Corto Maltese review – Come home Thea

I don’t think the season has quite hit its rhythm just yet. This episode didn’t really hit the high notes that the promo perhaps suggested it could. As we said on the podcast – it was as if it didn’t know if it wanted to focus on Thea or Diggle. It wasn’t a bad episode, not at all. It just wasn’t the best.

What’s Thea been up to?

Thea’s storyline is the one that has intrigued me most since the end of Season 2. After she went off with Malcolm, when Season 3 promos showed that she was in training – I’ve been really interested to see where they’re going to go with that. Tonight’s episode gave us the first glimpse of that. It’s just a shame that we weren’t given more of a glimpse – Thea didn’t really get the chance to shine as much as she could have in an episode which appeared Thea centric previously, but as it turned out, that wasn’t really the case.

We got the flashbacks where Malcolm showed himself to be a frontrunner for father of the year, pouring boiling liquid on his daughter’s hand and also punching her. We saw her reasons for wanting him to train her (so she wouldn’t feel the pain she did again), we saw her being drawn into training him after he pushed her to breaking point but then, that was that. The end of the episode showed us that she sure as hell knows how to use a sword now, but it would have been nice to see a bit more of her getting from A to B. At least one more flashback, showing her progressing in her training might have been a decent move.

She decided to follow Oliver home after he told her about Robert’s sacrifice, a U-turn after she was seemingly so adamant on staying as the episode got underway. Had her storyline and Diggle’s storyline not been competing with one another for top spot, her change of heart could have been further developed and fleshed out. In some respects, I feel the Diggle storyline was thrown in just so that we could have some action in the episode. I’m not sure it was needed. With more Thea flashbacks, you’d have plenty of action in the end, the more emotional moments between herself and Oliver could have had greater weight too – I mean, come on, they’ve lost their mother, as far as Oliver knows, they’re the only family each other has left. There’s plenty of material there which just didn’t feel as delved into as it could have been.

Nevertheless, Thea being scolded by hot coffee (or, insert alternative hot beverage here) and not flinching was a nice touch, calling back to her father’s bizarre methods in the flashback. She’s certainly come a long way and I’m intrigued to see Malcolm’s plans for her, she’s back to Starling and he’s told her he’ll see her soon. What’s coming next?

Damn. Why now for Dig?

The fact that we’ve had a Diggle shortage has been something that’s wound me up. He’s become the guy that stands in the corner and says little, ironically, rather like me at social gatherings. Nevertheless, I’ve been wanting to see him be more involved but why did it have to be in this episode? The Shaw storyline with the ARGUS agent threatening to sell secrets, that could have worked as a standalone episode but it just detracted from the Thea storyline – which I felt should have been top of the pile this week. There was no link between what Diggle was doing and helping Oliver – that’s what I and I’m sure others have been wanting to see.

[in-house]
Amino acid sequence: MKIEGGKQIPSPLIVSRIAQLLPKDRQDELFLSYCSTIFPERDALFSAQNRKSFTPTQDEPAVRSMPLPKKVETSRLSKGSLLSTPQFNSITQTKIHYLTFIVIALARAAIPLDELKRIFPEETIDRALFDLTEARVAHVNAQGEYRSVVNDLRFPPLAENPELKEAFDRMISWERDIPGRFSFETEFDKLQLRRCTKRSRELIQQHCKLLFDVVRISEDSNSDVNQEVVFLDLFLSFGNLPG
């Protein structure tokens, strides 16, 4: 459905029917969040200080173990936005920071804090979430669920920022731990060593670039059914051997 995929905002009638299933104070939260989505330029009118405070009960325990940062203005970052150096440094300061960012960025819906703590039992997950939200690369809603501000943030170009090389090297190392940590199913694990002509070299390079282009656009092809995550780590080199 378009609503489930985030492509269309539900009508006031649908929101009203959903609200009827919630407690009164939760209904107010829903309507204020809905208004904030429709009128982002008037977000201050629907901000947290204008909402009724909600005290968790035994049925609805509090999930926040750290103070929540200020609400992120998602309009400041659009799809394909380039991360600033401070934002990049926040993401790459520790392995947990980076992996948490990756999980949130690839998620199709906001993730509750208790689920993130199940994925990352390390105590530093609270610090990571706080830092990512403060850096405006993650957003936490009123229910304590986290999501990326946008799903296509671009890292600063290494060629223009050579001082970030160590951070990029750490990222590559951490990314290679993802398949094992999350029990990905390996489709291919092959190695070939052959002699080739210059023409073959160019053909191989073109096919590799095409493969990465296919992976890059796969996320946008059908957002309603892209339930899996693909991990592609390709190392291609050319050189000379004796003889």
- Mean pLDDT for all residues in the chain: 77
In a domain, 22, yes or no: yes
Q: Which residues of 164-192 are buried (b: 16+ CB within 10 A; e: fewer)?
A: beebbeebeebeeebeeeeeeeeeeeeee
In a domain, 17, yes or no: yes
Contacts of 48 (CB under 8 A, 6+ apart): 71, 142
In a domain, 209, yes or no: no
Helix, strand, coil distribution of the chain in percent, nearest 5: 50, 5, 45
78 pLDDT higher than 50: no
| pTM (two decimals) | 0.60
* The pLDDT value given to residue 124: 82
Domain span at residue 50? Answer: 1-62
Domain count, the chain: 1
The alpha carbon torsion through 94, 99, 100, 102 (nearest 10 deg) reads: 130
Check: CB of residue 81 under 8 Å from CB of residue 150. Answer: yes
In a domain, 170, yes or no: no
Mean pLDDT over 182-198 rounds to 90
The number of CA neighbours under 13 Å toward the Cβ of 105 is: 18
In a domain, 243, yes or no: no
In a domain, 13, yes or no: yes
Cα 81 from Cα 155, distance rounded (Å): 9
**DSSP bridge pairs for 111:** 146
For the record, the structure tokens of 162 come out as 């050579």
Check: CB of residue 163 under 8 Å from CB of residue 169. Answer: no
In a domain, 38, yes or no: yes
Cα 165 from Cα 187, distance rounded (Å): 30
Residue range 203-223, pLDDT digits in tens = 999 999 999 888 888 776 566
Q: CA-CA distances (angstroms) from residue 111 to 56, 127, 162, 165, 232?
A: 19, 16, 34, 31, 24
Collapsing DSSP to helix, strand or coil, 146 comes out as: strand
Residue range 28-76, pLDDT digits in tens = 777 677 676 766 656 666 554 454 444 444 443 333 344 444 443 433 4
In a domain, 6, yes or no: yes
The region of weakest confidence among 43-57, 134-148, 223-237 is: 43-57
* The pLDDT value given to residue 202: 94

Oliver and Dig were the ones that started this crusade together, but as time has gone by Dig has kind of been pushed to one side. It would have been nice to see Diggle more actively involved in Arrow business, as opposed to ARGUS business. The storyline itself with Shaw was fairly generic. There wasn’t anything overly major from it. The fact that he was willing to sell out his former friends (including Lyla) was probably the only ‘big’ thing to come from it. Obviously it serves to show Diggle he really has things to lose now.

Oh Laurel… And Felicity and Ray…

We of course had two more storylines here, Laurel’s transition to the Black Canary basically resembled going over a speed bump at full pelt and whacking your head on the roof in this episode. It didn’t work for me. She, untrained, goes and tries to put down what’s clearly a violent man? It’s not following in her sister’s footsteps, it’s stupidity and her transition feels a little forced with moves like this. Obviously the guy was abusing his girlfriend and it’s a call back to Sara’s line to Sin last season of, ‘No woman should ever suffer at the hands of men’ but it’s just a bit too in your face, too obvious and Laurel was being too reckless. It’s difficult to get behind a character behaving like that.

At least Oliver refused to train her, that was pleasing.

We also had Felicity and Ray shoehorned into the episode, with Ray discovering weapon designs. Now, I’d say that it was a storyline too many for an episode which felt a bit jumbled, but damn you Brandon Routh for being a brilliant Ray Palmer. He’s a cracking character, him and Felicity are great and the scenes with them always seem to be marvellous.

The end of the episode saw Nyssa arrive, demanding to know where Sara is which already looks to have set up a decent instalment next week. There were some nice ideas this week, the episode just didn’t really choose to focus well enough on any of them. More of Thea would have been preferable, but maybe they’re going to give us more of her progress over her months with Malcolm in the weeks to come.

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